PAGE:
If you saw our story about the full-sized VW Kombi made from Lego, you'll love this gallery of amazing Lego car creation. Some are life-sized, some are smaller, but all of them are pretty cool.
Lego is famous for tapping into its fan base for free ideas for inspiration – and if your model is good enough, it’ll actually produce it.
The Initial D Toyota AE86 is the stuff of legend, and it could soon be yours, if Lego decides to make it happen.
We’ve all built little open-wheel racing cars from the ubiquitous plastic blocks… but there hasn’t been a full-sized Formula One car. Until now, that is. This is a proper, full-sized Renault F1 car that’s been built with around 600,000 bricks around a steel frame. It’s even got pukka Pirelli slicks on it, as well as a real steering wheel.
Called the Renault F1 Team X Lego, it went up for auction earlier this month, selling for a nick over A$100,000. All monies raised went to UNICEF France.
Lego revealed a 1:8 scale model of the Bugatti Chiron you could build at home last August. Now Lego’s taken it to the next level. It then revealed a 1:1 version of the French hypercar which it had built using more than 1 million Lego Technic pieces, 2304 of which are Lego’s little electric motors.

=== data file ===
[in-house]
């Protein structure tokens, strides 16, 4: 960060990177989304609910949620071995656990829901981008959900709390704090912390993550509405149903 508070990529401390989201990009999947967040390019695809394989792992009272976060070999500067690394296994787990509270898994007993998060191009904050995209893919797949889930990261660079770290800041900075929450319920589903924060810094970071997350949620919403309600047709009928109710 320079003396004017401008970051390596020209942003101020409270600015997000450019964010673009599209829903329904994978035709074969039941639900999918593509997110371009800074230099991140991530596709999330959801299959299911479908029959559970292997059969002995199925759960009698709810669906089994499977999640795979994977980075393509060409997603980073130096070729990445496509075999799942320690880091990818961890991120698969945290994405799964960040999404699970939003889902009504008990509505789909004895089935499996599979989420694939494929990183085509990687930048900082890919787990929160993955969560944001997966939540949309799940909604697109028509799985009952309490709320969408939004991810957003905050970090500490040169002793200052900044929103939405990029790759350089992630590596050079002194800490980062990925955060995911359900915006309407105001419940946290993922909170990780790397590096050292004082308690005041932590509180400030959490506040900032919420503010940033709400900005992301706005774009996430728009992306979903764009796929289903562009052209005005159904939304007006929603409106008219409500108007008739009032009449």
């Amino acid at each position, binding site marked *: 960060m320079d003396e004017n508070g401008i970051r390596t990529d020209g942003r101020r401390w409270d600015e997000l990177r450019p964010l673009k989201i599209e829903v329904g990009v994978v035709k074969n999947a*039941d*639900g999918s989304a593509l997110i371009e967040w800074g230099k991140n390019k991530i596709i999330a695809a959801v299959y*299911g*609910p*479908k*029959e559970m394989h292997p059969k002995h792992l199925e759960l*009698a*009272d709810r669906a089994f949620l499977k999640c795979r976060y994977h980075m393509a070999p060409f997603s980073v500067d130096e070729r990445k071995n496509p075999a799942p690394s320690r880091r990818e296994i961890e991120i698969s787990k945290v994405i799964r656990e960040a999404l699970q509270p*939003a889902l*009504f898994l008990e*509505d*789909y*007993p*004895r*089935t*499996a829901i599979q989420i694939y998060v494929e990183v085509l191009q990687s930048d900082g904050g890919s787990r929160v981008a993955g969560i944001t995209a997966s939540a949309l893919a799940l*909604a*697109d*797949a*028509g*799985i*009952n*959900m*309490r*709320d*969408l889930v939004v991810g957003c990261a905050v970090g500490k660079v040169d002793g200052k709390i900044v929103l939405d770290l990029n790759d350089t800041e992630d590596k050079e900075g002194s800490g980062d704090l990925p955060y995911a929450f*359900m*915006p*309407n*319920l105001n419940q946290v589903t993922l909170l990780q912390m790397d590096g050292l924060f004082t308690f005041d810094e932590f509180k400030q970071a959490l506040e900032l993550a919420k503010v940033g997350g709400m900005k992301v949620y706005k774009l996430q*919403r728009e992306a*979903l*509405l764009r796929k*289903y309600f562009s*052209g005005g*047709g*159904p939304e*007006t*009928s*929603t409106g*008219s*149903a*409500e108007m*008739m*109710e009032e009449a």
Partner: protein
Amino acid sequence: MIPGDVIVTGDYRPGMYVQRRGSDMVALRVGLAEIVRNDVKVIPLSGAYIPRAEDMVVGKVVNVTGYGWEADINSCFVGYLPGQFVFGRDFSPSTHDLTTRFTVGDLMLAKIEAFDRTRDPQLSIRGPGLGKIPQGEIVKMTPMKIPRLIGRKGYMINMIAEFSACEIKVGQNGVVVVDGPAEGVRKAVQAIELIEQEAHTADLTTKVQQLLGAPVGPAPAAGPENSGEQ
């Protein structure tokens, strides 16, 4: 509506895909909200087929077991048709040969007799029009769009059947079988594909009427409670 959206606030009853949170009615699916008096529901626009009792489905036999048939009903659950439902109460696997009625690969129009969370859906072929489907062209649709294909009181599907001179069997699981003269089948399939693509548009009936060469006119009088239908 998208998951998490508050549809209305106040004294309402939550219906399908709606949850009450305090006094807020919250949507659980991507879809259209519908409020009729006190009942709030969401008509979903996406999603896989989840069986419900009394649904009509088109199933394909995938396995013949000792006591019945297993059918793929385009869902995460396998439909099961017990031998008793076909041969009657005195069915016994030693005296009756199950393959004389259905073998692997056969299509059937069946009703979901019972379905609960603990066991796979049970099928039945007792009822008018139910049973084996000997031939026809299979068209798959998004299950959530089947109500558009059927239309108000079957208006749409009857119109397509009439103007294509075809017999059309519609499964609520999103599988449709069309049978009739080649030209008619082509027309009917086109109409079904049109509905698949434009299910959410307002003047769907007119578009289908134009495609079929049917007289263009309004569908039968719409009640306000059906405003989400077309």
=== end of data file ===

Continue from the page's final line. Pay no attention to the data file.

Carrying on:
It weighs much less than a real Chiron at just 1500kg, but it is only able to hit 20km/h. That’s significantly slower than a real Chiron, which claims a top speed of 420km/h with a limiter.
Part of a trio of Ford motors built by a Melbourne fan, this is the Barra Sprint version. It’s the most complex of the three, according to its maker, with working overhead cams and wiring.
They cost about $150 in parts and 40 hours in time, according to its makers.
If you, like us, can’t afford anything McLaren-badged other than a tee shirt, then look away… you can’t afford this life-sized 720S, either.
Built from 280,000 small, painful-to-step-on bricks for the 2017 Goodwood Festival of Speed and to celebrate the Speed Champions set, the Macca was built by a professional Lego team. Yes, you read that right. Looking at it from a cost point of view, the Lego version would cost around $33,000, versus the $490,000 real thing.
This isn’t a bespoke kit as such, but it’s still pretty damn amazing. If you’ve already built the Lego version of Porsche’s awesome 911 GT3 – a 2700-piece masterpiece in itself – all you need to do is buy a $30 instruction sheet from a company called Rebrickable, along with a single additional part if you want reverse gear, and the Stratos is within reach.
The doors will work, while the engine and gearbox function, too. Love it!
Got a fave Lego car? Let us know in the comments below!